If I had to name my spirit animal it would probably be one of those lab monkeys that presses the pleasure button to the exclusion of all other life functions. I live for good food. When I hear a song I like, I feel like I'm on a really fun carnival ride. Simply going out with a few good friends stimulates my pleasure centers in the way I predict being hooked up to electrodes would. This appreciation for the beauty of every day enjoyments is Hygge - one of those wonderful untranslatable concepts they have in other cultures, in this case Denmark.
It's a concept that we ruggedly independent Americans could take a cue from as fall gets its foothold this year. Hygge (pronounced HUE-gah) is anything that creates a sense of welcoming, community, comfort or coziness during the winter months. It's making your living space livable and inviting, creating a place where you can take solace against the harshness of winter. A place where you can spend time with friends and reestablish a social atmosphere that is casual and easy in the summer months.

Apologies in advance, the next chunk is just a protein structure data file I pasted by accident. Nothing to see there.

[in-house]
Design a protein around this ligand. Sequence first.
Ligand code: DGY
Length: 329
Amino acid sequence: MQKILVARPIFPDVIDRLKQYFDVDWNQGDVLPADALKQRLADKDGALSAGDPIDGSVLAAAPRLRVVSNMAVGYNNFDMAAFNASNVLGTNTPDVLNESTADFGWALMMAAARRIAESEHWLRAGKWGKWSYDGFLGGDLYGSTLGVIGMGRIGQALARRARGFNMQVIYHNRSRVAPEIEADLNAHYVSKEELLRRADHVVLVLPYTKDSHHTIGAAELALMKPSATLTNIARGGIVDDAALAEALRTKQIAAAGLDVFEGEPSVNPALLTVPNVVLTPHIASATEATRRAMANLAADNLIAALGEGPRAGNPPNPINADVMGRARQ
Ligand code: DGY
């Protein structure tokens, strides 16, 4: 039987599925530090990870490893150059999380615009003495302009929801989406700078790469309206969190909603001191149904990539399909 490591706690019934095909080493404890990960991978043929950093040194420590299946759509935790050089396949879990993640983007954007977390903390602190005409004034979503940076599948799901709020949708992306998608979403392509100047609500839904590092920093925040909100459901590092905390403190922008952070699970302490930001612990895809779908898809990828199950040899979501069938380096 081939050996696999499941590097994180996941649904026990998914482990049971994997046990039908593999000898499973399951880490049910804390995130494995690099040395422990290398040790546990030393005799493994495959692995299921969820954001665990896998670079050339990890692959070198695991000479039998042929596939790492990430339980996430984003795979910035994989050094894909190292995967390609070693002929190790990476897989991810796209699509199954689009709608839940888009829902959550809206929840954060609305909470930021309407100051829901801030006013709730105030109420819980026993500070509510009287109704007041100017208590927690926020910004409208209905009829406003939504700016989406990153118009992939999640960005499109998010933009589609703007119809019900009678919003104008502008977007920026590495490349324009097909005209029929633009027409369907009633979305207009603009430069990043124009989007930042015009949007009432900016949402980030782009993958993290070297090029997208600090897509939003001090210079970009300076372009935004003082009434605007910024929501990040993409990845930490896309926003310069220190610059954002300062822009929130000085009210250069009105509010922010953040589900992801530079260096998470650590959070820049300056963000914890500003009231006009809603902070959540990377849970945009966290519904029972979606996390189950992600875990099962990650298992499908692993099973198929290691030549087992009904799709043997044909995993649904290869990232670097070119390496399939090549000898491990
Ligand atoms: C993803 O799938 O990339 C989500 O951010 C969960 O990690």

Scandinavians have notoriously long and dark winters and have built into their culture a way of combating the blues that come with the cold. And it shouldn't be an unattainable thing. A candle or a few pillows in your living space, string lights, a craft night where each person brings a little snack or a low key dinner party, wool socks, sweat pants and a cup of tea, whatever makes you feel warm and fuzzy. My 4 year old son and I like to bring out all the pillows and blankets to the floor of the living room, make popcorn and either watch a movie or read to music.